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Women care workers and their rights

May 06, 2009

Gender and care, a report by BRIDGE assesses the importance of different forms of care work. It gives an insight into the rights and opportunities of women involved in care-taking and highlights the need for more commitment in gender advocacy.

Gender and care

Publisher: Institute of Development Studies, January 2009

Providing care can be both a source of fulfilment and a terrible burden. For women and girls in particular, their socially prescribed role as carers can undermine their rights and limit their opportunities, capabilities and choices – posing a fundamental obstacle to gender equality and well-being.


At the root of these crises is the decreasing availability and willingness of women and girls to do unpaid care work – linked to positive trends such as near universal rises in female participation in the labour force and girls increasing school enrolment. At the same time, the need for care is escalating.

There are many compelling reasons why care should be on the development agenda.

Realising this vision requires strategies are to be made:

  • De-feminise care-giving – challenging assumptions that care work is the domain of women and not men. This can help create the foundations for a more equal sharing of care responsibilities between women and men.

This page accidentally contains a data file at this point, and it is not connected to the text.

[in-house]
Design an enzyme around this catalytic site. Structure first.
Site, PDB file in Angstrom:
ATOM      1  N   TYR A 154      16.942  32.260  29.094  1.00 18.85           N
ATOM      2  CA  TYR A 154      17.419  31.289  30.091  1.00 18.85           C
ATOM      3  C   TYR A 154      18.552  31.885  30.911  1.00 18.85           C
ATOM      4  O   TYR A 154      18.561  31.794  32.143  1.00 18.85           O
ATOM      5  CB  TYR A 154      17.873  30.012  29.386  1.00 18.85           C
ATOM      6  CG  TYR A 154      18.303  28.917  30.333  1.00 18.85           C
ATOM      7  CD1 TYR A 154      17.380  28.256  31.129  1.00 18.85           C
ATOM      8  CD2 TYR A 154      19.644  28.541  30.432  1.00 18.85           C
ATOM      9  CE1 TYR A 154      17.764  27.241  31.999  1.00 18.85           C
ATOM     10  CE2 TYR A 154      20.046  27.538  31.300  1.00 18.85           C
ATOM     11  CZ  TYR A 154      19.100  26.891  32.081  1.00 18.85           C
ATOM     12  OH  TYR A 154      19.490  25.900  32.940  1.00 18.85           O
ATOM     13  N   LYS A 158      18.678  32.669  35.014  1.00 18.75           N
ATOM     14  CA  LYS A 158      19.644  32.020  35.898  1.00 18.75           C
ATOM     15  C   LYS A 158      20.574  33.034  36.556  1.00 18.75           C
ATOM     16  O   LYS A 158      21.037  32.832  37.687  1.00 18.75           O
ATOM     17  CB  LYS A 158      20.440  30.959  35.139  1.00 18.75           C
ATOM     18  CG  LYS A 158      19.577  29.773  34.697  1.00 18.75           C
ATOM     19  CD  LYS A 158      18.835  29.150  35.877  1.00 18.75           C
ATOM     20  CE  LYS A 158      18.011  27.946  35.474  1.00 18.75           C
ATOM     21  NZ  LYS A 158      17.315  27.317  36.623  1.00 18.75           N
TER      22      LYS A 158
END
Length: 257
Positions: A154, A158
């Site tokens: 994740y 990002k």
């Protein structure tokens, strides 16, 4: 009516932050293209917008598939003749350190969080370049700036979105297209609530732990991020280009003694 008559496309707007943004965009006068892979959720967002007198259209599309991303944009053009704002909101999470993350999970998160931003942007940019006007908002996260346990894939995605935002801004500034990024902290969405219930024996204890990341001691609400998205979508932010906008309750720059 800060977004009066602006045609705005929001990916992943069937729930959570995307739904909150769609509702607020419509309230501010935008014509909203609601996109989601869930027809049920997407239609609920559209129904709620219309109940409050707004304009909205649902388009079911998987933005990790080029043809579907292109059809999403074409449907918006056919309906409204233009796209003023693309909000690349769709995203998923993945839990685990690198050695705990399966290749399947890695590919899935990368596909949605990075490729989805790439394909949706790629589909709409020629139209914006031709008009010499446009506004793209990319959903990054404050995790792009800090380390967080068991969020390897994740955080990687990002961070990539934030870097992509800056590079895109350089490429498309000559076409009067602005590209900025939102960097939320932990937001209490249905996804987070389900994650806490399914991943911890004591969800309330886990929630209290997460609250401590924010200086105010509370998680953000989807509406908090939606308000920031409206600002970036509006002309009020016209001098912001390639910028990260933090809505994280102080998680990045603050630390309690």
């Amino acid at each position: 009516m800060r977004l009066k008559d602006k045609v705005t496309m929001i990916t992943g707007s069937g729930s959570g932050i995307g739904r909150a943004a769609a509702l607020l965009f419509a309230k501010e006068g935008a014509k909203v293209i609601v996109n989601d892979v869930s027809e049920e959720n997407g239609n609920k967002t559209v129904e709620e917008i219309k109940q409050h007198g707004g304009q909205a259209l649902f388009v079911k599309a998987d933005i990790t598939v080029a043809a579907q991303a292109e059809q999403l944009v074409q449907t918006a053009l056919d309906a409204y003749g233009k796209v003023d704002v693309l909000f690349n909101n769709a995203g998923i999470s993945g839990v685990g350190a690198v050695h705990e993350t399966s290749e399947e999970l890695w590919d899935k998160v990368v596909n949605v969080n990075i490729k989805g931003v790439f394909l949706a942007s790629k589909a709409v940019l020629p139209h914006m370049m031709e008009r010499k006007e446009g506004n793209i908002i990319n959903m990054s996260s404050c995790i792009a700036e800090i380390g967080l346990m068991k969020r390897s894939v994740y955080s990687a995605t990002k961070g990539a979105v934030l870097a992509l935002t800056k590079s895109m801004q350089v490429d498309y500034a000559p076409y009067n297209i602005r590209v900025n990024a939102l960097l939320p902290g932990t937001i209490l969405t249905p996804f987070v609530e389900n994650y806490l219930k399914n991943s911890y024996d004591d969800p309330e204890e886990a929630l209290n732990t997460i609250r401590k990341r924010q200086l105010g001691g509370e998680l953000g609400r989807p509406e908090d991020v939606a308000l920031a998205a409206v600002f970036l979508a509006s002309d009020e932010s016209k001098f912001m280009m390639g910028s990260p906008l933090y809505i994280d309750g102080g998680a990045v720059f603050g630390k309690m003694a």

• Re-conceptualise unpaid care as valuable and productive – a key step in terms of ensuring that public investment serves the needs of those engaged in care work.

Among the recommendations made in this report, there are four key, overarching recommendations:

  • Care work must be recognised as a core development issue.
  • Development policies and programmes must challenge stereotyped assumptions about gender roles.
  • Initiatives to promote women’s economic participation must include an analysis of the interrelationship between paid work and care work.
  • Greater solidarity is needed among those working on the full range of care issues.

The report has explored various ways to achieve this:

  • Educational workshops and media campaigns.
  • Policies to expand paternity leave entitlements; and social protection measures designed to recognise the diversity of family and care.
  • Women to be able to make their own choices.
  • Political commitment and dedicated resources.
Source : Bridge
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